I ran across this quote during some vacation reading. The more i think about it, the more I like it. My paraphrase would be that beauty is an effect, not a cause or a reason for art. Some art will of course be beautiful, but it is art for a lot more reasons than just 'beauty' and perfection. Here is the quote:
Originally Posted by doughowk
"The pursuit of beauty is (a) much more dangerous nonsense than the pursuit of truth or goodness, because it affords a stronger temptation to the ego. Beauty, like truth and goodness, is a quality that in one sense can be predicated by all great art, but the deliberate attempt to beautify can, in itself, only weaken the creative energy. Beauty in art is like happiness in morals: it may accompany the act, but it cannot be the goal of the act, just as one cannot ‘pursue happiness’, but only something else that may give happiness. Aiming at beauty produces at best, the attractive: the quality of beauty represented by the word loveliness, a quality which depends on the carefully restricted choice of both subject and technique. A religious painter, for instance can produce this quality only as long as churches keep commissioning Madonnas: if a church asks for a Crucifixion he must paint cruelty and horror instead."
Northrup Frye, Anatomy of Criticism, 1957
Yes, no and "beautiful". I think the fact that Richard Benson was the only person ever entrusted during his lifetime with the printing of Paul Strand's negatives testifies more than anything any of us could say about his technical competence. He printed Strand's last two portfolios, On My Doorstep and The Garden. I've seen On My Doorstep. It's gorgeous.
Originally Posted by Cheryl Jacobs
As to Benson's own work, what little I've seen of it is masterful, both in a technical sense as well as a spiritual one.
I agree that a person can become obsessed with the technical aspects and the pursuit of a perfect print to the point that creativity becomes paralyzed.
I also believe that a strong subject that resonates with the viewer does not need to be printed perfect. What we as photographers see as flaws are invisible to the person who is captivated by the image.
"Fundamentally I think we need to rediscover a non-ironic world"
No disrespect to the dean of Yale, but does any artist really care what some elbow-patched, tweed-jacketed academic has to say about art? Every other decade or so, some self-appointed pope of the art world descends Mount Sinai with one pronouncement or another (people like Frye or Meyer-Shapiro come to mind here), usually designed to garner the accolades of fellow cobweb producers (to paraphrase Jonathan Swift's famous discussion of ancient versus modern learning).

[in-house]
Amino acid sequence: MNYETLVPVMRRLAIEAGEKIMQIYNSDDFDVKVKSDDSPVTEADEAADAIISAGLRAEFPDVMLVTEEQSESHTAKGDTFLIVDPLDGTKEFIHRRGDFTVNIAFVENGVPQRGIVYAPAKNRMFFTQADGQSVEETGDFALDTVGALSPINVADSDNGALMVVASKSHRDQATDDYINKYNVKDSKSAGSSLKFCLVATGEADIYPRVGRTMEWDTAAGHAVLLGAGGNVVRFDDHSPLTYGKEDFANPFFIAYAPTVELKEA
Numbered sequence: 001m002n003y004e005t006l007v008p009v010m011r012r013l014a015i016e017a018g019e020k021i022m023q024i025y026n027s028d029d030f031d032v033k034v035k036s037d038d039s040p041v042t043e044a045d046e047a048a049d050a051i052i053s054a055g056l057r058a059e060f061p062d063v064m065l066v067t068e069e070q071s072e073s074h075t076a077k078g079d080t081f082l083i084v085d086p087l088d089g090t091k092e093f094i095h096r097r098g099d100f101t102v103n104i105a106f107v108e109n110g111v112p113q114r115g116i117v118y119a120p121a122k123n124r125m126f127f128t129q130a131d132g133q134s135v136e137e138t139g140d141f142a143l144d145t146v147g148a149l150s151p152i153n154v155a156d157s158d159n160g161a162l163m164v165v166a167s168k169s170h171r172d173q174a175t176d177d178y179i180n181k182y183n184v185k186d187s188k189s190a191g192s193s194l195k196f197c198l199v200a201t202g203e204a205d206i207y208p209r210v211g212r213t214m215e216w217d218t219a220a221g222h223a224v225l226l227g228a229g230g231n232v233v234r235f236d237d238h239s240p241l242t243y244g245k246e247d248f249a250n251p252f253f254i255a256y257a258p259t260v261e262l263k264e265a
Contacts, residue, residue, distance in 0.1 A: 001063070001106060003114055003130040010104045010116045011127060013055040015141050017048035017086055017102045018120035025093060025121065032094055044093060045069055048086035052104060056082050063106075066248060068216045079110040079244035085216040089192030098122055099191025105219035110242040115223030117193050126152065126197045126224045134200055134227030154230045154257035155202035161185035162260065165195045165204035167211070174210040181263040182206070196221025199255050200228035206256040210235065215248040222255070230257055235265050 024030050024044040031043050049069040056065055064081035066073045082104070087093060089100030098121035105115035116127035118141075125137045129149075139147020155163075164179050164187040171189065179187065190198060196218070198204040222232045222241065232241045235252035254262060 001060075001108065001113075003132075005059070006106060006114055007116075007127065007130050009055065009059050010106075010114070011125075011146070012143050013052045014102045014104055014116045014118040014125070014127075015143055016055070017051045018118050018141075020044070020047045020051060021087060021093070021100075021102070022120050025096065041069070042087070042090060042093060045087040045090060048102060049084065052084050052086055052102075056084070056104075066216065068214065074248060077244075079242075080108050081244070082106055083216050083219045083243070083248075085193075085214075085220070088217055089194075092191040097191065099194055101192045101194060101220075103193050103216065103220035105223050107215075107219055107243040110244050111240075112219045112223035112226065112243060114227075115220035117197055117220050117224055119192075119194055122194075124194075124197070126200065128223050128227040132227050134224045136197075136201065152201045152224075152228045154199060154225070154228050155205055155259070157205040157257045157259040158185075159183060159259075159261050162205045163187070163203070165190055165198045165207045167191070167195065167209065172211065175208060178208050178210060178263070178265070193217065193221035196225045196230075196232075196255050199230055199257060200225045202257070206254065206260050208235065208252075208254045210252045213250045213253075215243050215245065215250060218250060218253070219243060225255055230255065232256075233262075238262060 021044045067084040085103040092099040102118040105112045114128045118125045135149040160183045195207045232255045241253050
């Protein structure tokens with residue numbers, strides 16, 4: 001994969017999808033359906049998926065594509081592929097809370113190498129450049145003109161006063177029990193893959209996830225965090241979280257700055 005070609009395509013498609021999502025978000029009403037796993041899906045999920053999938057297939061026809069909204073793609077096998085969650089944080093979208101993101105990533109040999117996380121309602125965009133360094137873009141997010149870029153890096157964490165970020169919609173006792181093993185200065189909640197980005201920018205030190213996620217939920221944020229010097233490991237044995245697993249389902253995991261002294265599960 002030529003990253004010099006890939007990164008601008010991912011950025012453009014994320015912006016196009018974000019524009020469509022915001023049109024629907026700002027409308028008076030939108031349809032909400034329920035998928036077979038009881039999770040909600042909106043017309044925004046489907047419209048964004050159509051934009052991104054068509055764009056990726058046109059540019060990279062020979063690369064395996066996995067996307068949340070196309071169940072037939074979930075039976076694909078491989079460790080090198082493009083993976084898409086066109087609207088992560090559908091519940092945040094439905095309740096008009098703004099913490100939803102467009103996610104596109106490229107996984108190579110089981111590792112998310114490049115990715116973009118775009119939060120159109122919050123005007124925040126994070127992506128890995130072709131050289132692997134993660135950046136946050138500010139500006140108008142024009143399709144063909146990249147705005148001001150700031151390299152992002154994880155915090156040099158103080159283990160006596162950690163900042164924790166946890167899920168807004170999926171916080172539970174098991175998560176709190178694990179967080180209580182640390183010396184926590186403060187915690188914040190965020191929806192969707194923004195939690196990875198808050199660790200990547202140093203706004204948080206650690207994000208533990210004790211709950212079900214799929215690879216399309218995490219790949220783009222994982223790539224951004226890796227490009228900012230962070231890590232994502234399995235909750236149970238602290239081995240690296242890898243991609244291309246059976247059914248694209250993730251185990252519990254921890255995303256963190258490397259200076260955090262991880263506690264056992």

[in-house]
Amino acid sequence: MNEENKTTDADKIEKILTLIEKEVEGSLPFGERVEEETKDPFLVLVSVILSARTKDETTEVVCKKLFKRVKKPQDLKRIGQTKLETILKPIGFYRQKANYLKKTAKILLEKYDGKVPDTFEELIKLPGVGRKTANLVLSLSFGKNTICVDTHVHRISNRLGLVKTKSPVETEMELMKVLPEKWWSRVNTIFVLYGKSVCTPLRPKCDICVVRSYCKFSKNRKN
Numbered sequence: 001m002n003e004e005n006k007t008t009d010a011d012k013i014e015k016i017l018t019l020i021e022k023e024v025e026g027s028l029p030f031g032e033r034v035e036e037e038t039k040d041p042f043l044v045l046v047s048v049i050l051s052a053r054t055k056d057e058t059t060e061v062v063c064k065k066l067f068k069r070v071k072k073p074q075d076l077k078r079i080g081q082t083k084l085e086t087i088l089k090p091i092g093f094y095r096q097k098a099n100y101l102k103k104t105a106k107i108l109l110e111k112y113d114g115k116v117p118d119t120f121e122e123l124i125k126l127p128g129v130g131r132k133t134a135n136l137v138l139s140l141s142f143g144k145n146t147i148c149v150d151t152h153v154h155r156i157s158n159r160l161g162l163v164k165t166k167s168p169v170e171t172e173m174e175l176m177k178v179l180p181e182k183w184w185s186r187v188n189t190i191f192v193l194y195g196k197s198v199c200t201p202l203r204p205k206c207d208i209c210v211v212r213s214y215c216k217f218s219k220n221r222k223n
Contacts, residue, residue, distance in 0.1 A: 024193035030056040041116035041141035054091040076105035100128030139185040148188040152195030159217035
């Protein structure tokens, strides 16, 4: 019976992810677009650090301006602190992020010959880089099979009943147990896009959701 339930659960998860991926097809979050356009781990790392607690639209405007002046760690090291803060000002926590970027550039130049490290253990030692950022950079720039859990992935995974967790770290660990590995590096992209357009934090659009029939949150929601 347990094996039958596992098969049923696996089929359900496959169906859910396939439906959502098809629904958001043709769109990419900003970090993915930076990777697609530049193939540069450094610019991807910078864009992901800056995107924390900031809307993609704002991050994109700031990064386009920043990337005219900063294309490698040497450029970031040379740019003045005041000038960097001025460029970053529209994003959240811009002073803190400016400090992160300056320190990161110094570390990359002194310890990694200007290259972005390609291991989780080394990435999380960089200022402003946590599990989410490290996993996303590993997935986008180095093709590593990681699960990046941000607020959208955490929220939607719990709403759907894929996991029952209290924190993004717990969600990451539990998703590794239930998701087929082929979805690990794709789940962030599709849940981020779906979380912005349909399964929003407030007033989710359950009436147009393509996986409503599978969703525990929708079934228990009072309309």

There are, in my opinion, at least three major ways to measure the "worth" of artistic work: You yourself as the producing artist derive a great sense of satisfaction from your completed work; secondly, another person is "touched" by your art (this can take many forms); thirdly, the "art world" validates your work in one way or another.
All of these ways probably have very little to do with the technical aspects of your work (and how well you have mastered them, or not). In fact, NOT mastering them, "deliberately" turning out sloppy work may be what might give you a leg up in the art world.
At any rate, this debate (art versus craft) is an old one and Mr. Yale adds nothing to it.
A good discussion of this can be found in the now classic study by Howard Becker, Art World.
I mentioned in my original post that it was difficult not to quote out of context, the interview attempted to cover several nuanced ideas. I found the interview on John Paul Caponigro's website. It certainly deserves a full read.
Interesting to hear that Benson printed Paul Strand's work. Strand was evidently a real perfectionist.
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Ricardo, your declaration against "tweed jacketed" types merely sets up a straw man.
"Mr. Yale's" assertion seems to fit well with my own definition of art:
[SIZE=5][COLOR=DarkSlateGray]Whatever you can get away with[/COLOR][/SIZE]
Ironically, I borrowed this from my departed friend Nick Englund, onetime dean of the California Institute of the Arts Music School -- and for official functions, Nick did favor tweed jackets!
I am glad I'm nor a perfectionist. Otherwise I would never exhibit, or sell anything. Sorry to admit, every one of my prints have imperfections in composition, film selection and development, dust/scratches on negative, poorly spotted prints, and stupid cropping. However, I doesn't seem to matter too much to clients or judges.
I love the smell of fixer in the morning. It smells like...creativity!
Truly, dr bob.
Thanks for the info re Benson printing for Paul Strand. I saw a Strand show several years ago in Edinburgh and some of the prints were made by a Mr Benson, they were quite beautiful. I'm almost certain that Benson also made some prints for Cartier-Bresson too. I saw a Bresson show in London about 5 years ago and some of the images that he had made in the mid 90's were printed by a man named Benson, it's got to be the same man. Again the prints were beautiful. I still don't understand why he would give the impression in his statement that we should not be too bothered about attention to the little things in our craft. I know that I am critical of the statement but who am I to question such a talented printer.